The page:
Vol. 82, No. 5, May 2009
Third Option for Dealing with Unrepresented LLCs
I have several comments regarding the March article “When Nonlawyers ‘Represent’ LLCs,” by Renee M. Mehl.
First, the author gives only two options for a lawyer faced with a nonlawyer LLC litigant, both of which have serious problems that the author points out. Regarding the first option, I submit that it is unethical, and perhaps even unlawful, for an attorney to essentially order a nonlawyer to hire a lawyer and set a deadline for doing so when, as the author admits, the law is not settled in this regard.
The author’s second option, filing a motion for a default judgment after waiting for the filing deadline to pass, has the problem that the party will probably be given more time even if the judge does rule that the party cannot represent itself, which wastes both time and money, as the author also points out.
The author does not discuss a third option, however, which is to advise the LLC that, although this area of the law is not settled, the court may issue a default judgment against the LLC if it is not represented, and then proceed to litigate the case as against any other party, letting the judge determine sua sponte whether the LLC needs to obtain representation.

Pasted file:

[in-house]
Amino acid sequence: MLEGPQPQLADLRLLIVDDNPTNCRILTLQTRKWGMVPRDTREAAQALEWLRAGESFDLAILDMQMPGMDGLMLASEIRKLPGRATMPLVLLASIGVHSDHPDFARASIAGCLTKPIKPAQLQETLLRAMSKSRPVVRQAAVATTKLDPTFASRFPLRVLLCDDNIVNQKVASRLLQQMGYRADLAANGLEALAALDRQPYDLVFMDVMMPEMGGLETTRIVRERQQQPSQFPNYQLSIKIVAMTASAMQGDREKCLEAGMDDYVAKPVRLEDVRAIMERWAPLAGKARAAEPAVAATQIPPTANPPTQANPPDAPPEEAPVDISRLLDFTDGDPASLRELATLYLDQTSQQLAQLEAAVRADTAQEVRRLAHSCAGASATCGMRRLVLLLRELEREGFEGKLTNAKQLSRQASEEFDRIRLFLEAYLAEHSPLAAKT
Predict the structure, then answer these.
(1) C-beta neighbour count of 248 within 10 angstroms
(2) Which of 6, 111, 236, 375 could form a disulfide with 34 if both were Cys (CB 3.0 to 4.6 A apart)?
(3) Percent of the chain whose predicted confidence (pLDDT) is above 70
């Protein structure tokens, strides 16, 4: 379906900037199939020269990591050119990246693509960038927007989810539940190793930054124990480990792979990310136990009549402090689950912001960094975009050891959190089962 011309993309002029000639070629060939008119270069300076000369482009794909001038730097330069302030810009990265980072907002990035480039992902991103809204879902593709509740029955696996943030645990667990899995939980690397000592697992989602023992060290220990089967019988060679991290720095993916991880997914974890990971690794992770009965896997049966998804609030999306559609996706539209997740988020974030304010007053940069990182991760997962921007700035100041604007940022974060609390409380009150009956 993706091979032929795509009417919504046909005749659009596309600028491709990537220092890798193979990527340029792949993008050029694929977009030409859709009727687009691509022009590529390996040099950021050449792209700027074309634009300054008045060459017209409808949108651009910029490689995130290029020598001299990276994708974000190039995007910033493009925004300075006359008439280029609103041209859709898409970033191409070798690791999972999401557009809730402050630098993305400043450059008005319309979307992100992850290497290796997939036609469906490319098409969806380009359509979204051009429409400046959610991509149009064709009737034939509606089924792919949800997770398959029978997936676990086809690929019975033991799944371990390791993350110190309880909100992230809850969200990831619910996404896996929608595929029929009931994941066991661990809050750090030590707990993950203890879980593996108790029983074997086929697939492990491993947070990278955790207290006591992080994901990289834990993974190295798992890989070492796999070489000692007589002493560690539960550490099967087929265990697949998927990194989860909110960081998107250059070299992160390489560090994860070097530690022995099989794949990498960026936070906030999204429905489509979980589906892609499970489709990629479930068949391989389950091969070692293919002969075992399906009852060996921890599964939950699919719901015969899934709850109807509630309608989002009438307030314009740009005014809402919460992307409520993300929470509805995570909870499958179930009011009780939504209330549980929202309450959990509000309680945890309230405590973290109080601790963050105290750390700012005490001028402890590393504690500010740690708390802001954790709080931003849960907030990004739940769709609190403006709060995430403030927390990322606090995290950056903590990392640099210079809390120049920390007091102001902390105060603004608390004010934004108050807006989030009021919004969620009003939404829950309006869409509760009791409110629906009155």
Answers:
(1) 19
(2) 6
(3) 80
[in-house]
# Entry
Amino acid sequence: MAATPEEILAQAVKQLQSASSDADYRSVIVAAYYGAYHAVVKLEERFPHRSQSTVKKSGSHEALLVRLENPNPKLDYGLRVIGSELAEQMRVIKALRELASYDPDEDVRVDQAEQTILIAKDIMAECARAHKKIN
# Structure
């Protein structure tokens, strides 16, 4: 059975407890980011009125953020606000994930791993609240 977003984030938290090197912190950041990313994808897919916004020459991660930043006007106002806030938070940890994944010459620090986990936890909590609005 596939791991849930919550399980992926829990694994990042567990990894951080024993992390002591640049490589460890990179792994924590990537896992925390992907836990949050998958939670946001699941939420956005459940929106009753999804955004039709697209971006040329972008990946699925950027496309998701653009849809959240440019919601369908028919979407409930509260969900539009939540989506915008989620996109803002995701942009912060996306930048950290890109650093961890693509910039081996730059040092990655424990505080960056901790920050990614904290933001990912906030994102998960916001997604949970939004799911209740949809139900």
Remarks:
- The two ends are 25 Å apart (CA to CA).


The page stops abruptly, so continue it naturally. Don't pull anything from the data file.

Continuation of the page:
I submit that the two options given by the author are designed primarily to further the lawyer monopoly and possibly generate more fees, rather than taking the professional approach of the third option, which treats both the client and the LLC fairly. This self-interest is particularly evident from the author’s statement that “… as the economy worsens, companies are more likely to try to represent themselves rather than pay large retainers.” I submit that if an LLC is able to successfully defend itself, it does not need a lawyer and, if it cannot, that is the price it pays for not hiring a good lawyer – which is to the advantage of the opposing lawyer. I submit that a lawyer opposing an LLC should not care whether the LLC has a lawyer or not, as long as a lack of knowledge is not causing a delay or additional work for the lawyer. If it is, then the lawyer actually has good reason to bring a motion in this regard.
Also, the author’s flat statement that “nonlawyers do not know the rules” is grossly overbroad. While this may be true in many cases, some nonlawyers know the rules as well as many attorneys do, and in some cases even better. In any case, nonlawyers are on their own and are given no special treatment by the court. If anything, they are treated with less respect, which is an advantage that a lawyer should be thankful for.
Owen S. Durigan, Brookfield